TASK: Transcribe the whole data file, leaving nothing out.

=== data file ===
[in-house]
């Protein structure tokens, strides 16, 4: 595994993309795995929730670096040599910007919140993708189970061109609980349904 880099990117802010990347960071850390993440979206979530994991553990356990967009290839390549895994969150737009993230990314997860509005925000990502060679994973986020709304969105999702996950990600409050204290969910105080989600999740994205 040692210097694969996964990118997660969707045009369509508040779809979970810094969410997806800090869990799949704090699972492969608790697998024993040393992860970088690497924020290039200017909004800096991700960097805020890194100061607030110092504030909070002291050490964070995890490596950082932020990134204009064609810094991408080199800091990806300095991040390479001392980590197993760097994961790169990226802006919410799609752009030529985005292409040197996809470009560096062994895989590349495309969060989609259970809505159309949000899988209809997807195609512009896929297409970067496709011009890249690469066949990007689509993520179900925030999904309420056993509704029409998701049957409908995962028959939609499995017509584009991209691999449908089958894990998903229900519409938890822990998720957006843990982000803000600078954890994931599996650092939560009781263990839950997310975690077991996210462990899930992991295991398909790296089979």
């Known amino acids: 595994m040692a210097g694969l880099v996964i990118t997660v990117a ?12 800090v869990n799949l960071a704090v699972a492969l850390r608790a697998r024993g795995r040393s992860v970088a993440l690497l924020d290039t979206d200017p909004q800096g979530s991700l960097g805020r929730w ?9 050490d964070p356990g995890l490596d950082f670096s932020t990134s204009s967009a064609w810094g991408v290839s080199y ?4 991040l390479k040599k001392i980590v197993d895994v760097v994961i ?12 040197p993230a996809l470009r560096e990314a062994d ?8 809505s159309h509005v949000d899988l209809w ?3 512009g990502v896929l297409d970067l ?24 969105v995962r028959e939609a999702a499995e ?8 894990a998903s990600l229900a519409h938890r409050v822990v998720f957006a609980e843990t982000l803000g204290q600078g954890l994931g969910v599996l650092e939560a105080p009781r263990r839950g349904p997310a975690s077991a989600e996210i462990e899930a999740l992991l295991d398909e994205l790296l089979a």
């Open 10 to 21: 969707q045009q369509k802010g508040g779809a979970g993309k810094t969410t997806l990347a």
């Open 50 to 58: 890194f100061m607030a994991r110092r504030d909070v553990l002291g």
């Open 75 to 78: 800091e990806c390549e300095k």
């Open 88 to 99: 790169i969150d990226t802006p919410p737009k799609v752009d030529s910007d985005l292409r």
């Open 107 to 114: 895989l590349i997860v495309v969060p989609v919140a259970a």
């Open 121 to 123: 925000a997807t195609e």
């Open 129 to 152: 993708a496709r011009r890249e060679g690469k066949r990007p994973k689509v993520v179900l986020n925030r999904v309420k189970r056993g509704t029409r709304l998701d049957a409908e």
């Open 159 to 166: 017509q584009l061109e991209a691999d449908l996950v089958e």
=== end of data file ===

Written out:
[in-house]
């Protein structure tokens, strides 16, 4: 595994993309795995929730670096040599910007919140993708189970061109609980349904 880099990117802010990347960071850390993440979206979530994991553990356990967009290839390549895994969150737009993230990314997860509005925000990502060679994973986020709304969105999702996950990600409050204290969910105080989600999740994205 040692210097694969996964990118997660969707045009369509508040779809979970810094969410997806800090869990799949704090699972492969608790697998024993040393992860970088690497924020290039200017909004800096991700960097805020890194100061607030110092504030909070002291050490964070995890490596950082932020990134204009064609810094991408080199800091990806300095991040390479001392980590197993760097994961790169990226802006919410799609752009030529985005292409040197996809470009560096062994895989590349495309969060989609259970809505159309949000899988209809997807195609512009896929297409970067496709011009890249690469066949990007689509993520179900925030999904309420056993509704029409998701049957409908995962028959939609499995017509584009991209691999449908089958894990998903229900519409938890822990998720957006843990982000803000600078954890994931599996650092939560009781263990839950997310975690077991996210462990899930992991295991398909790296089979």
């Known amino acids: 595994m040692a210097g694969l880099v996964i990118t997660v990117a ?12 800090v869990n799949l960071a704090v699972a492969l850390r608790a697998r024993g795995r040393s992860v970088a993440l690497l924020d290039t979206d200017p909004q800096g979530s991700l960097g805020r929730w ?9 050490d964070p356990g995890l490596d950082f670096s932020t990134s204009s967009a064609w810094g991408v290839s080199y ?4 991040l390479k040599k001392i980590v197993d895994v760097v994961i ?12 040197p993230a996809l470009r560096e990314a062994d ?8 809505s159309h509005v949000d899988l209809w ?3 512009g990502v896929l297409d970067l ?24 969105v995962r028959e939609a999702a499995e ?8 894990a998903s990600l229900a519409h938890r409050v822990v998720f957006a609980e843990t982000l803000g204290q600078g954890l994931g969910v599996l650092e939560a105080p009781r263990r839950g349904p997310a975690s077991a989600e996210i462990e899930a999740l992991l295991d398909e994205l790296l089979a």
């Open 10 to 21: 969707q045009q369509k802010g508040g779809a979970g993309k810094t969410t997806l990347a």
């Open 50 to 58: 890194f100061m607030a994991r110092r504030d909070v553990l002291g």
């Open 75 to 78: 800091e990806c390549e300095k």
């Open 88 to 99: 790169i969150d990226t802006p919410p737009k799609v752009d030529s910007d985005l292409r």
């Open 107 to 114: 895989l590349i997860v495309v969060p989609v919140a259970a």
């Open 121 to 123: 925000a997807t195609e």
């Open 129 to 152: 993708a496709r011009r890249e060679g690469k066949r990007p994973k689509v993520v179900l986020n925030r999904v309420k189970r056993g509704t029409r709304l998701d049957a409908e």
């Open 159 to 166: 017509q584009l061109e991209a691999d449908l996950v089958e």